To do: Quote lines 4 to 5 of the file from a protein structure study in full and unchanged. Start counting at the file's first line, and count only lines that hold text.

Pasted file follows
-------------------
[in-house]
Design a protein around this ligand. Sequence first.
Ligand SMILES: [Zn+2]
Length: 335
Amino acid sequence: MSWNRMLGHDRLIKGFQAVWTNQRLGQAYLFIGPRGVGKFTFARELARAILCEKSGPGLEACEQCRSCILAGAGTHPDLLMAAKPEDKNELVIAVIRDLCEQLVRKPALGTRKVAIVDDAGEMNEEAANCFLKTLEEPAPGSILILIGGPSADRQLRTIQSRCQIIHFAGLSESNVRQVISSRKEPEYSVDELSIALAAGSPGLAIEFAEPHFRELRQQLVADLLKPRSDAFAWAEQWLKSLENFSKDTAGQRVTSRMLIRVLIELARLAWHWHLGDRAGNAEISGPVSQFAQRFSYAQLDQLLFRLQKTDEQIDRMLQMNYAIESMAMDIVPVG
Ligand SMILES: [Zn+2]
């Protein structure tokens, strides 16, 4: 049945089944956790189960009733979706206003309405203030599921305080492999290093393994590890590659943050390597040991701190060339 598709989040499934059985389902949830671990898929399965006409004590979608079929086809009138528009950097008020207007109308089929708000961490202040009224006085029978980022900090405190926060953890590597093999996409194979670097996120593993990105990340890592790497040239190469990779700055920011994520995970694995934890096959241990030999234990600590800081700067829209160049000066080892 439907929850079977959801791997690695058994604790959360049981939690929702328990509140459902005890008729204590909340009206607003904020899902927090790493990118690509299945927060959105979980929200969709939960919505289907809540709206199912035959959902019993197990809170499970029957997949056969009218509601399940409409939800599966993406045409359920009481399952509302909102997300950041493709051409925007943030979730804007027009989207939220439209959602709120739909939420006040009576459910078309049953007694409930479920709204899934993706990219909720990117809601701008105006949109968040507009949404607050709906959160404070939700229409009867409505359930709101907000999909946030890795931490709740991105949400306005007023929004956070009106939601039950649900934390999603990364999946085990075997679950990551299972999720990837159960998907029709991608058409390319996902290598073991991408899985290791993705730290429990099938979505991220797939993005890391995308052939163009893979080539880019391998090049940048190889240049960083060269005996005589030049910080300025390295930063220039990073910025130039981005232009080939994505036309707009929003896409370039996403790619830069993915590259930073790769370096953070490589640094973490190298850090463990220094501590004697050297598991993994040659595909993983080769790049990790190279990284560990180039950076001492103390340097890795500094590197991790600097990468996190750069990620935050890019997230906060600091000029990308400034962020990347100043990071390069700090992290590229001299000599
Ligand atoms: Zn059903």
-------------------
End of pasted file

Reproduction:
Length: 335
Amino acid sequence: MSWNRMLGHDRLIKGFQAVWTNQRLGQAYLFIGPRGVGKFTFARELARAILCEKSGPGLEACEQCRSCILAGAGTHPDLLMAAKPEDKNELVIAVIRDLCEQLVRKPALGTRKVAIVDDAGEMNEEAANCFLKTLEEPAPGSILILIGGPSADRQLRTIQSRCQIIHFAGLSESNVRQVISSRKEPEYSVDELSIALAAGSPGLAIEFAEPHFRELRQQLVADLLKPRSDAFAWAEQWLKSLENFSKDTAGQRVTSRMLIRVLIELARLAWHWHLGDRAGNAEISGPVSQFAQRFSYAQLDQLLFRLQKTDEQIDRMLQMNYAIESMAMDIVPVG